The identification of essential modifiable risk and protective factors is very important for frailty prevention (1, 3, 42). Previously, the preventive strategies mainly focused on physical-related interventions, such as taking regular physical activities and providing adequate nutritional intake (4, 33, 43). Recently, loneliness and social isolation have been proven to have negative effects on health (10, 44, 45). More attention should be paid to the association between psychosocial factors and frailty development. In a 4-year cohort study, Makizako et al. found that social frailty leads to physical frailty in a relatively short period of time (25). Based on a 2-year cohort, the results from the study of Ye et al. showed that social participation was associated with a higher prefrail improvement (29). Kim et al. conducted a cross-sectional study to investigate the frequency of social activity participation and its association with the different levels of frailty (27). They found that social activities such as leisure and club activities at a frequency of once a week were associated with frailty prevention (27). The results of this study were in agreement with these previous findings, despite the differences in the setting population, the frailty index domains, and details in the social and intellectual activities included between this study and the previous studies. In addition, we found that non-regular participation in social activities has a positive impact on frailty prevention. However, having frequent social activities (such as an almost daily participation) was not associated with a decrease in frailty risk.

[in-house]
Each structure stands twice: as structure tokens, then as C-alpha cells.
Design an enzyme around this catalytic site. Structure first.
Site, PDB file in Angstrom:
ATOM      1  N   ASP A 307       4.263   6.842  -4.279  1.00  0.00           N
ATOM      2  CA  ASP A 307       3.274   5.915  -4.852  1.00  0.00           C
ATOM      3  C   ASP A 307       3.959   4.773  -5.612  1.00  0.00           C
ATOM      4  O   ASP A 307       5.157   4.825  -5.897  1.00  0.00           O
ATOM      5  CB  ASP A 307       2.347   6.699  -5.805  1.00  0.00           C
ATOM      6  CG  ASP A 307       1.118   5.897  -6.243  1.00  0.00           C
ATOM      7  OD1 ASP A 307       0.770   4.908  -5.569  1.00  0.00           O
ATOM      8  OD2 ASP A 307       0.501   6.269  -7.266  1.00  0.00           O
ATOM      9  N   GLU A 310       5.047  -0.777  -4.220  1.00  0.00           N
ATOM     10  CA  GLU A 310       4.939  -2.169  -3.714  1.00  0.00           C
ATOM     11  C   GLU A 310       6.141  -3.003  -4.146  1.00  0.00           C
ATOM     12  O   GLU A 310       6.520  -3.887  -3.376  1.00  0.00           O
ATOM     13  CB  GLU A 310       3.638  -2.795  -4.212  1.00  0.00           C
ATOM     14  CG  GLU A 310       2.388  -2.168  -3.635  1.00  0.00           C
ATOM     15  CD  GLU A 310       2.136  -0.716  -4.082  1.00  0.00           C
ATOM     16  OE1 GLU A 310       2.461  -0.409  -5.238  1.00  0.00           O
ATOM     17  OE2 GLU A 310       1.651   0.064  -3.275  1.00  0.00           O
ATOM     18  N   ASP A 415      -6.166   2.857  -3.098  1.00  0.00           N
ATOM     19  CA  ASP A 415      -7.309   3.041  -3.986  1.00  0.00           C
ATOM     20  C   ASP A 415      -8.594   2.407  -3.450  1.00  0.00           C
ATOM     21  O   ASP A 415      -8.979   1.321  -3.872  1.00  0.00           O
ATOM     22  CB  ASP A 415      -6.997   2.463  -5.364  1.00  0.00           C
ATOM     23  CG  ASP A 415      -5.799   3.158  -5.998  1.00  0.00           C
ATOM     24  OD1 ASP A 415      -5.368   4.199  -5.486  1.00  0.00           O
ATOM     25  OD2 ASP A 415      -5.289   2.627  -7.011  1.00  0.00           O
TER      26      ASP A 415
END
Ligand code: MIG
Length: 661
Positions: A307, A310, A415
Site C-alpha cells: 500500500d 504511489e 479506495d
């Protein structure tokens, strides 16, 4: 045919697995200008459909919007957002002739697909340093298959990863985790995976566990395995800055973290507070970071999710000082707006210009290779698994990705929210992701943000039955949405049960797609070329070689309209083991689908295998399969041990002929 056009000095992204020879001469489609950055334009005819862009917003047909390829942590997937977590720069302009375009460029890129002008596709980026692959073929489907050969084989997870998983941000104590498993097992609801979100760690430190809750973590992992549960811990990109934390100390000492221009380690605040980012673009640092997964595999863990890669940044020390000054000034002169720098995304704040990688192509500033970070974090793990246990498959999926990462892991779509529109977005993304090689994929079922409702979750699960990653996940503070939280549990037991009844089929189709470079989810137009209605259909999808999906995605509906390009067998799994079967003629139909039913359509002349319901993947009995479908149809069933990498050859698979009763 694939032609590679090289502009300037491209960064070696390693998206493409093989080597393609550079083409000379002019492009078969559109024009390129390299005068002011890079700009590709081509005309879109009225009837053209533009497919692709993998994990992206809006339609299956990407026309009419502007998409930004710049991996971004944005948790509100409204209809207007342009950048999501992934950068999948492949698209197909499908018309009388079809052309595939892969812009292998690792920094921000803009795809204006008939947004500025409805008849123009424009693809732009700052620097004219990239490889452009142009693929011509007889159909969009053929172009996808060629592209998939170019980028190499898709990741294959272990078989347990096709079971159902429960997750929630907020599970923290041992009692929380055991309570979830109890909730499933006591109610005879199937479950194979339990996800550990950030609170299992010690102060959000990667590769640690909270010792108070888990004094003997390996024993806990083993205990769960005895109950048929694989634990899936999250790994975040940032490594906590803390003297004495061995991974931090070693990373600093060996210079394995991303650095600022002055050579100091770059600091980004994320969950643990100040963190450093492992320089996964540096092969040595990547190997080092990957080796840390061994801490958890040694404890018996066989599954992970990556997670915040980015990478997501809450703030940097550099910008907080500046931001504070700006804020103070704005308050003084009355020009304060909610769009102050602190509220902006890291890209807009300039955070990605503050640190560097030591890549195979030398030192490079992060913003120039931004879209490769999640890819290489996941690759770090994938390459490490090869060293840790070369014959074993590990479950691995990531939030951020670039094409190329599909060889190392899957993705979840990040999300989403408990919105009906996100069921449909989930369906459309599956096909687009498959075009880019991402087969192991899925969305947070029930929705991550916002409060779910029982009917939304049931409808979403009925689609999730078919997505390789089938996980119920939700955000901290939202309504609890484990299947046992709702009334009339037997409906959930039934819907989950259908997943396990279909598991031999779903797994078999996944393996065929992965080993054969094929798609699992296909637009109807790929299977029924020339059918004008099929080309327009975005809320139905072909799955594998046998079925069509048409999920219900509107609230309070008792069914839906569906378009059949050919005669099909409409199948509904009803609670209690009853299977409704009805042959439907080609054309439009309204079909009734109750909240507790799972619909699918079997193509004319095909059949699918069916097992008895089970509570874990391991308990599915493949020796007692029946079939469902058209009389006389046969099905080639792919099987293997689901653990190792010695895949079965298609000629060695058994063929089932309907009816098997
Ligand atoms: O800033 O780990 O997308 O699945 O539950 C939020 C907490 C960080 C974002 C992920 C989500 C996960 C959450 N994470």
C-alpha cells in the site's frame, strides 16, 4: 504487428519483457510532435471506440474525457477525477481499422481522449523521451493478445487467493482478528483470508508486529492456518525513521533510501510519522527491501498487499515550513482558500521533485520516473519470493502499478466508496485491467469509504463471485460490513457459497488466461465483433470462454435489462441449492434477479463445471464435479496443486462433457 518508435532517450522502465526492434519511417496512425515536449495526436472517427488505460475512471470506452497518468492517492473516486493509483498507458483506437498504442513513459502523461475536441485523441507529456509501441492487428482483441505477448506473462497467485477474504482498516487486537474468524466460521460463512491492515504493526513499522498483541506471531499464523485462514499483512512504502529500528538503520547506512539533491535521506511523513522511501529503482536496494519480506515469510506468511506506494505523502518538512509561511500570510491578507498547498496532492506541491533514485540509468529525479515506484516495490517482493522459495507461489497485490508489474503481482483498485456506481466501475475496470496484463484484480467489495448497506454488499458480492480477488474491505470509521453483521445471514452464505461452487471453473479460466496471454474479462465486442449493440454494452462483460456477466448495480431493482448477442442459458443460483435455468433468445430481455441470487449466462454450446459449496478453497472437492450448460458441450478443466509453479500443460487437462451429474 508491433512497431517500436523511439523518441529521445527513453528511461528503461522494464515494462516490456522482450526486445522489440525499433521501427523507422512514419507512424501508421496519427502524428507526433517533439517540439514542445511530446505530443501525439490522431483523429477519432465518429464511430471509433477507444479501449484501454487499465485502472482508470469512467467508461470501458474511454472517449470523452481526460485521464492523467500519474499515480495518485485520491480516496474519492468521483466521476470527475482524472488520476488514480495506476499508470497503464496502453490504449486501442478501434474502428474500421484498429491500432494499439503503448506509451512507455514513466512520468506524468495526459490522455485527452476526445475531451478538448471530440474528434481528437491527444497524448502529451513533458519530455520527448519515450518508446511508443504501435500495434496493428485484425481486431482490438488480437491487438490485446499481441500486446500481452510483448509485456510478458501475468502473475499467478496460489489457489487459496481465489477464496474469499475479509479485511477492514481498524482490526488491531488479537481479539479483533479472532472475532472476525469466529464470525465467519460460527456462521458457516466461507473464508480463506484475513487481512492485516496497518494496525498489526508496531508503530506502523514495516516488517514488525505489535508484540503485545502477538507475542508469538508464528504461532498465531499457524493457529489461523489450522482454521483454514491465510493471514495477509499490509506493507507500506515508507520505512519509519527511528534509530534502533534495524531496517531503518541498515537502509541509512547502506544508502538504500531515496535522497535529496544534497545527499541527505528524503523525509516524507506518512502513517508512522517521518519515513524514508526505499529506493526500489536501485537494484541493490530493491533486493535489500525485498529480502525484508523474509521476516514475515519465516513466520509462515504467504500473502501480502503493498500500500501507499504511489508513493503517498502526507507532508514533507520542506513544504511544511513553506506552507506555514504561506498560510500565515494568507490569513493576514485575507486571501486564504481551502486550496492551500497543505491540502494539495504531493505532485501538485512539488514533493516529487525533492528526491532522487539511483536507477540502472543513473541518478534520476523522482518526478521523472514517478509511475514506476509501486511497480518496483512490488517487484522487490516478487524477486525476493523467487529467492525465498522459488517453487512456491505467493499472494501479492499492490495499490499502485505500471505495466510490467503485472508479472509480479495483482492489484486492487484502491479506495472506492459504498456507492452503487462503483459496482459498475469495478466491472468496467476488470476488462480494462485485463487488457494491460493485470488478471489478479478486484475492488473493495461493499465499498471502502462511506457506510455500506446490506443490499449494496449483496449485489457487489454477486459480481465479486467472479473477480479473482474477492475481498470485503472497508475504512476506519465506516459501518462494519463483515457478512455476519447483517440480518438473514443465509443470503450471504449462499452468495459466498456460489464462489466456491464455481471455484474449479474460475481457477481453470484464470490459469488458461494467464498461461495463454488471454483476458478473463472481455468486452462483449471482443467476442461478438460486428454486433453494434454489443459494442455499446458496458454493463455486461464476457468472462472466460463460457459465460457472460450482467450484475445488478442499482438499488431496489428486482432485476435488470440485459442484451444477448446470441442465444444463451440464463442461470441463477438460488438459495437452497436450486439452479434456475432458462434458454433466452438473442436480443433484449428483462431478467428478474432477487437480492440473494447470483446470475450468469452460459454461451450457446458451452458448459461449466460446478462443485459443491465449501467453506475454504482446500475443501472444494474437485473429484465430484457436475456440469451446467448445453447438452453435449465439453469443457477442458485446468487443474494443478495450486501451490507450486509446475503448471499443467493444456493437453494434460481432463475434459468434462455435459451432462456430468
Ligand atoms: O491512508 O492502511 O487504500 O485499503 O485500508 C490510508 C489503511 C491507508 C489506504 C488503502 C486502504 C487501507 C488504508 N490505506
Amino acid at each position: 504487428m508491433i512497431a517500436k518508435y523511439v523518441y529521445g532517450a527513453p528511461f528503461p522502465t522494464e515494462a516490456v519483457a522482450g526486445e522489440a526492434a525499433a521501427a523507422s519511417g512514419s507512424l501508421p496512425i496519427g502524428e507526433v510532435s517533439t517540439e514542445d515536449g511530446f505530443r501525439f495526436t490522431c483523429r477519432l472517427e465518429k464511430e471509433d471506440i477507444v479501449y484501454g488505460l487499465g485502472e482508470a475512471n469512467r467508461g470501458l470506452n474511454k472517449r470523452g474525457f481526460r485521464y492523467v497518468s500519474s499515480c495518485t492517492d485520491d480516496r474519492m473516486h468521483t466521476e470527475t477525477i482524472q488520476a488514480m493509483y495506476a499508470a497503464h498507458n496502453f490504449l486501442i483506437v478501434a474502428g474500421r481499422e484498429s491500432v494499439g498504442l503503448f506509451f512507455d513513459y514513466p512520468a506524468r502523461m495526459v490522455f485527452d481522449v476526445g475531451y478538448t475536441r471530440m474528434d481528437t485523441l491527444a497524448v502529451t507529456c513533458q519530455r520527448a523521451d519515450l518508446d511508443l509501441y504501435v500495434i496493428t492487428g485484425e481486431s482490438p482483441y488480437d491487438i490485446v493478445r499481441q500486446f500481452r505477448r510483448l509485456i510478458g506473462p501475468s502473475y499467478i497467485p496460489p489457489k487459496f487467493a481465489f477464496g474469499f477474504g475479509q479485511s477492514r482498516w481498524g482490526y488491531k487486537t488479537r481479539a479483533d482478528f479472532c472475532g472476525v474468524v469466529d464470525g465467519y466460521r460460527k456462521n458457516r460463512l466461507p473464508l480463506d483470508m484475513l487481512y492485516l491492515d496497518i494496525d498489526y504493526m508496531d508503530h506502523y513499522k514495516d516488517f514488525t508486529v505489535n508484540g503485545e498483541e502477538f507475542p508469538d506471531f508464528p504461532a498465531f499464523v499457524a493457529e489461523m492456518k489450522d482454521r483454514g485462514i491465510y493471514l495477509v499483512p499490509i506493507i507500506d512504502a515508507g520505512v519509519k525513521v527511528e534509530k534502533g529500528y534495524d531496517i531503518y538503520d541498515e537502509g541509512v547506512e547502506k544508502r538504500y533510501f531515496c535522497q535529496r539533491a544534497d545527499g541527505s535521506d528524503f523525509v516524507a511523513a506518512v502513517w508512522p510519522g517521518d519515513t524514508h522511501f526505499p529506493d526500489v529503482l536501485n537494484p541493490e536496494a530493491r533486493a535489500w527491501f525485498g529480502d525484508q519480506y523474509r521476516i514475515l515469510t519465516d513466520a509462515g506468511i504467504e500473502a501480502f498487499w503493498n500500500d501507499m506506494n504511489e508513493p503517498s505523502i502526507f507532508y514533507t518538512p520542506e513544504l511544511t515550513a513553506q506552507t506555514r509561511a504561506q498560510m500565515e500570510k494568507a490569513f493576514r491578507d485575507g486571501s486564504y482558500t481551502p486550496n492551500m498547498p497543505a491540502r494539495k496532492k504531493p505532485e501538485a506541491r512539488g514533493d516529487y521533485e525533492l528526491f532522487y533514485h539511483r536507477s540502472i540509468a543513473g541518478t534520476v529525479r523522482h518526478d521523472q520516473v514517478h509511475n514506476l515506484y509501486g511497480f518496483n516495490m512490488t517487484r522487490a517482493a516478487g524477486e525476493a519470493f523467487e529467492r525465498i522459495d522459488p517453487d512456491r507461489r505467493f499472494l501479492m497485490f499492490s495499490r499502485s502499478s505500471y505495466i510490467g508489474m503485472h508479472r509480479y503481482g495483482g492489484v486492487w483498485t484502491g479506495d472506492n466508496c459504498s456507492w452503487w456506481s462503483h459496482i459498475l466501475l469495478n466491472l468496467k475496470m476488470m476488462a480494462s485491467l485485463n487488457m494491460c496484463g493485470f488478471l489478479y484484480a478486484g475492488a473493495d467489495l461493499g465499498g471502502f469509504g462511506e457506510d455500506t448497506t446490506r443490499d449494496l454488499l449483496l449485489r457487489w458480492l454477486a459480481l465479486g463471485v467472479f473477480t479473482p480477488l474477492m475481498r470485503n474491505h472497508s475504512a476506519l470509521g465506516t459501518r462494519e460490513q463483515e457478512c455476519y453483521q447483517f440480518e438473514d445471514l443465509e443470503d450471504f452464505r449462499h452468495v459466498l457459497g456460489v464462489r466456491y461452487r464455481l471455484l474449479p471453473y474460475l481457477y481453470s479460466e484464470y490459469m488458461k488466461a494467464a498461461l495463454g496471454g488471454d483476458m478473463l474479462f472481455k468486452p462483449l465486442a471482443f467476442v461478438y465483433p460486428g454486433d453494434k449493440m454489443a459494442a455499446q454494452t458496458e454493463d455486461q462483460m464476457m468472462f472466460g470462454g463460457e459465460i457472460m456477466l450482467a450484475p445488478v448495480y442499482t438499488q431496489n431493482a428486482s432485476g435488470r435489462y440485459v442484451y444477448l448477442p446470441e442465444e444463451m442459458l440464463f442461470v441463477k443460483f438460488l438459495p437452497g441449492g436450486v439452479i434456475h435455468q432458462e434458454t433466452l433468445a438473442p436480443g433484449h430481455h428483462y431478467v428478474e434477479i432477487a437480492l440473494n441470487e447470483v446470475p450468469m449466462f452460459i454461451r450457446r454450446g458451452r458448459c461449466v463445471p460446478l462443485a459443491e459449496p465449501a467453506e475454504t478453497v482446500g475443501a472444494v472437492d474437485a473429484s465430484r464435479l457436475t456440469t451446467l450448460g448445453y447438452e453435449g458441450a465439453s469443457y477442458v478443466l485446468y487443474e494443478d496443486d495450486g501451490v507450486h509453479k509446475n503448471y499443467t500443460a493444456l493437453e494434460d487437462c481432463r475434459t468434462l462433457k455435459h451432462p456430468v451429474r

Understanding the associations between intellectual activity participation and frailty development was also important. In a cross-sectional study, Wang et al. found that engaging in intellectual activities in late-life was associated with a lower frailty prevalence, especially among female elderly people (28). To date, evidence from prospective cohort studies is still lacking for the impact of intellectual activities on frailty. The present study showed that participation in intellectual activity was associated with a significant decrease in frailty risk compared with non-participation in intellectual activity. Frailty often coexists with cognitive impairment (45, 46). Lack of intellectual activity increases the risks of cognitive impairment (30, 47, 48). In the future, strategies for frailty prevention should be more focused on improving participation in intellectual activities. In addition, intellectual training, when combined with physical training, could have a positive effect on preserving the function of physiological systems and, thus, slowing the progression of cognitive frailty (12, 48, 49), despite the underlying biological and psychological mechanisms still far from being understood (1, 48, 50).